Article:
As of September 2023, Americans owe a collective $1.78 trillion in student loan debt. That’s more than the total credit card or auto loan debt in the United States.
Several factors have contributed to the student loan debt crisis. One is the rising cost of college tuition. The average cost of tuition and fees at a four-year public university has more than doubled in the past 30 years. Another factor is the increasing number of students who are attending college. Today, more than 20 million students are enrolled in college in the United States.
The student loan debt crisis is having a significant impact on the economy. It’s making it difficult for graduates to buy homes, build wealth through equity, start businesses, get married, or save for retirement. It’s also contributing to the widening wealth gap in the United States.
The average federal student loan debt is $37,388 per borrower, and some students borrow much more. The average in-state tuition for a public four-year college is $10,740, or $27,560 for out-of-state enrollees. Room and board add another $11,950. Private college costs much more: an average of $55,840/year for tuition and room and board. For students who graduate in four years, most will spend $90,760-$223,360 to earn their degrees. Interest on a student loan can double or triple the ultimate cost.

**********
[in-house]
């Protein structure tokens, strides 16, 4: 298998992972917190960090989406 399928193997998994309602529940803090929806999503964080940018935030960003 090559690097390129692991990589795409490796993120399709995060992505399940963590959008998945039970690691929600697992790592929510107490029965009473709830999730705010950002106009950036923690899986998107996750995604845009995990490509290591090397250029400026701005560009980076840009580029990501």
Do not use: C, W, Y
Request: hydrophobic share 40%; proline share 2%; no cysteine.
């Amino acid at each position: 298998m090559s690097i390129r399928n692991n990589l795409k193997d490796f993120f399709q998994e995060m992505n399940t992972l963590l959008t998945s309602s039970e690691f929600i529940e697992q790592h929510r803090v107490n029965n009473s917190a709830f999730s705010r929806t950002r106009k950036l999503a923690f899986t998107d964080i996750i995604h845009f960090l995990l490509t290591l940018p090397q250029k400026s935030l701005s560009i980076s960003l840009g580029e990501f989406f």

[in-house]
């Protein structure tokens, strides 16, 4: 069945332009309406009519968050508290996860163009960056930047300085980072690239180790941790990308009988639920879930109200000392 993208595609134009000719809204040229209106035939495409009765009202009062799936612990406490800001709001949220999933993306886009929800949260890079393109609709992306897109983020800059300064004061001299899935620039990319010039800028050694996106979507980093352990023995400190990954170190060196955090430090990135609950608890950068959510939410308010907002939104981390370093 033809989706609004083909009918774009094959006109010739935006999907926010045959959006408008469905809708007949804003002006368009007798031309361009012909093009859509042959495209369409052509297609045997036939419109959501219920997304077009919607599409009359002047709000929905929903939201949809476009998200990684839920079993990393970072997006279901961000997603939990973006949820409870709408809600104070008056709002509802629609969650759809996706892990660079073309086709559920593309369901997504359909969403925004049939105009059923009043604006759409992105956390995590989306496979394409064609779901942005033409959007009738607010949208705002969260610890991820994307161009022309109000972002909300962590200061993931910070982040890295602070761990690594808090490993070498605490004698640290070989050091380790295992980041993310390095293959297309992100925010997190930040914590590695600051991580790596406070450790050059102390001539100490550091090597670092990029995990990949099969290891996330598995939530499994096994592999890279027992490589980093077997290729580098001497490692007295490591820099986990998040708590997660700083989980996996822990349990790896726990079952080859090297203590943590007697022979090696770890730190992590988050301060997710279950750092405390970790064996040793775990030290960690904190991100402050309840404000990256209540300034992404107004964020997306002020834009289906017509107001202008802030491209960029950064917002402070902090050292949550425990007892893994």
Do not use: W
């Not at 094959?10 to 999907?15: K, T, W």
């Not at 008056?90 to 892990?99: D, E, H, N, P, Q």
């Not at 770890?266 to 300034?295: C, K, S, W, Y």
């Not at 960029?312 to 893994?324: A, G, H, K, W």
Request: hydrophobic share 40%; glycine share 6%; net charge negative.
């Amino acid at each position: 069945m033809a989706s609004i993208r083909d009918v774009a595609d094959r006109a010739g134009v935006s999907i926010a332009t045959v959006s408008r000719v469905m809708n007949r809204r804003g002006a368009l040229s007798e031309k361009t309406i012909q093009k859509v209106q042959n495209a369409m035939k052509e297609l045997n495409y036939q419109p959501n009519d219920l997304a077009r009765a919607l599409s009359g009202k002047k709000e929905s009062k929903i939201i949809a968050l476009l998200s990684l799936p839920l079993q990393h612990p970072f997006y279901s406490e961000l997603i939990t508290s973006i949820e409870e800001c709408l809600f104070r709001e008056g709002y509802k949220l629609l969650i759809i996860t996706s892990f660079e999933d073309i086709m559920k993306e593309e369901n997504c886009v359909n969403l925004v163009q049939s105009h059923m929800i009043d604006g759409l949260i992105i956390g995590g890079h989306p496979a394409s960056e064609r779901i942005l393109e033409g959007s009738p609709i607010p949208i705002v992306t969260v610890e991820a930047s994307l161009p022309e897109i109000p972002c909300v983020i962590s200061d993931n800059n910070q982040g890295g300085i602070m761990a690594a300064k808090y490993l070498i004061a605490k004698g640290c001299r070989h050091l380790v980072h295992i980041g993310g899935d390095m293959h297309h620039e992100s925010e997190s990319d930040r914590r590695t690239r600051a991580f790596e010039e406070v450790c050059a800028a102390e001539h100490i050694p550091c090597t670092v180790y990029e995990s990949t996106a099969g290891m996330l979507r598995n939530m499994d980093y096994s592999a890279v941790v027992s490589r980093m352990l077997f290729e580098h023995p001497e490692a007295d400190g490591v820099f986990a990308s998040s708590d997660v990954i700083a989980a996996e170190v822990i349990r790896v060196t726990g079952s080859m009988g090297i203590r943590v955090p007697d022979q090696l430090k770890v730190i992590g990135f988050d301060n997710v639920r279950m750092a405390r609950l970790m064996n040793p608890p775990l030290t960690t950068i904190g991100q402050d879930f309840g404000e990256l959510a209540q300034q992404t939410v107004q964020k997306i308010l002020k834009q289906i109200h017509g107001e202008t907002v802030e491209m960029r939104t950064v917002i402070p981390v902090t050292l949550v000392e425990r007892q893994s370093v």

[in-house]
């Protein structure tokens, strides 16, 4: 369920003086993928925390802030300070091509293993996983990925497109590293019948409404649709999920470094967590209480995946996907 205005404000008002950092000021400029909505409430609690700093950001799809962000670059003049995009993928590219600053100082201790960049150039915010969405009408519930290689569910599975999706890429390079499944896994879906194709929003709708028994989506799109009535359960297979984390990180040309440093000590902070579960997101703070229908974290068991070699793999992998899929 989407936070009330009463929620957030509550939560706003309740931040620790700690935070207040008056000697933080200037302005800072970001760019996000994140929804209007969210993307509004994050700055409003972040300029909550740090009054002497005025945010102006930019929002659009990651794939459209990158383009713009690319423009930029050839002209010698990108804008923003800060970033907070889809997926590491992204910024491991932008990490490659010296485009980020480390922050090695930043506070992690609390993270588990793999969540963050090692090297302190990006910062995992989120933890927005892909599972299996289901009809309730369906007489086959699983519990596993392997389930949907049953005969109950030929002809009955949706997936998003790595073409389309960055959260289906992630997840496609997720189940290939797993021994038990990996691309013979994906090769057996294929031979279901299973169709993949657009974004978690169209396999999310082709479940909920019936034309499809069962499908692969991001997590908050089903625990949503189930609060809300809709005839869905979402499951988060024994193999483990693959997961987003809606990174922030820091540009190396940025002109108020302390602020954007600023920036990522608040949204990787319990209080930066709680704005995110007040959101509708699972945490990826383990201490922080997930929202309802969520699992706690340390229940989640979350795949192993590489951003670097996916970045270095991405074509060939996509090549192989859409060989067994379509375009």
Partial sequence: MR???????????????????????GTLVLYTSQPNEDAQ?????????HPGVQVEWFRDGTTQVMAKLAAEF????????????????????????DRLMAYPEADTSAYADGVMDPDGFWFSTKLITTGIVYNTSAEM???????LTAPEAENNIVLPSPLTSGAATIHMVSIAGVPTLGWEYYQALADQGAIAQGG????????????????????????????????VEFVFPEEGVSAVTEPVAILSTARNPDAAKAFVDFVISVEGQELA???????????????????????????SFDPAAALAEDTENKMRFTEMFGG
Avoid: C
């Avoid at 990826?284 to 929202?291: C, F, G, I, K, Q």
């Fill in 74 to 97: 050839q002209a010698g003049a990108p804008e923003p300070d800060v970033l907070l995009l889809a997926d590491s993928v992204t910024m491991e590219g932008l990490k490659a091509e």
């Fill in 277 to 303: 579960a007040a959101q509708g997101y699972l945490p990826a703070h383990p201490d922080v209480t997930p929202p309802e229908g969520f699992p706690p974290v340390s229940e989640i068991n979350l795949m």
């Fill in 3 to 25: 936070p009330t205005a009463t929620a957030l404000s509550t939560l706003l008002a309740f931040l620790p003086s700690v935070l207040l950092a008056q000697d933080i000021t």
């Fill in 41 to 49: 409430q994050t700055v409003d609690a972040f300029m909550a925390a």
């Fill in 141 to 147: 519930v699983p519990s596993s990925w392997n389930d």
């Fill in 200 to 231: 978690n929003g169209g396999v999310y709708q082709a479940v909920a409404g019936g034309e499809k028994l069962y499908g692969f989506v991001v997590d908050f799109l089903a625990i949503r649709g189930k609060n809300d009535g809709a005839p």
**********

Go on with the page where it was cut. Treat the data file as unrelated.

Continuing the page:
Politicians in Washington, D.C., continue to fight over the issue of student loan forgiveness with no resolution in sight. However, some prospective college students are avoiding the mistakes of past generations by enrolling in programs that cost little to nothing to attend.
Here are five key ways that students can avoid student loan debt while gaining the skills they need for a career.
Choose a Free College
There are several tuition-free college programs across the U.S. These colleges achieve this through student work programs, apprenticeships, or future service obligations. There may still be other fees or expenses for room and board, however
Join the Military
The GI Bill is one of the oldest ways to attend college for free. After serving for at least 36 months, military members become eligible for the full amount of educational benefits. For public schools and community colleges, that means the full price of tuition and fees.
For private colleges, the government will pay up to $27,120 per year. Service members may also be eligible for a monthly housing allowance, book money, and relocation assistance. For tuition not covered by the GI Bill, graduate school admission, international schools, or excess private school tuition, service members should look into the Yellow Ribbon Program.
Take a Boot Camp
There’s a new kind of military-inspired boot camp that drew 100,000 students in 2021. Tech boot camps are programs where students can learn to code, market software, or manage projects. Other programs teach cyber security, AI, or data analytics.
The programs generally last 10-12 weeks, cost $13,584 and include placement assistance. Some also offer scholarships funded by employers who need tech talent. While some companies allow a student to attend free in exchange for a percentage of future earnings or other repayment plans, others warn against these options.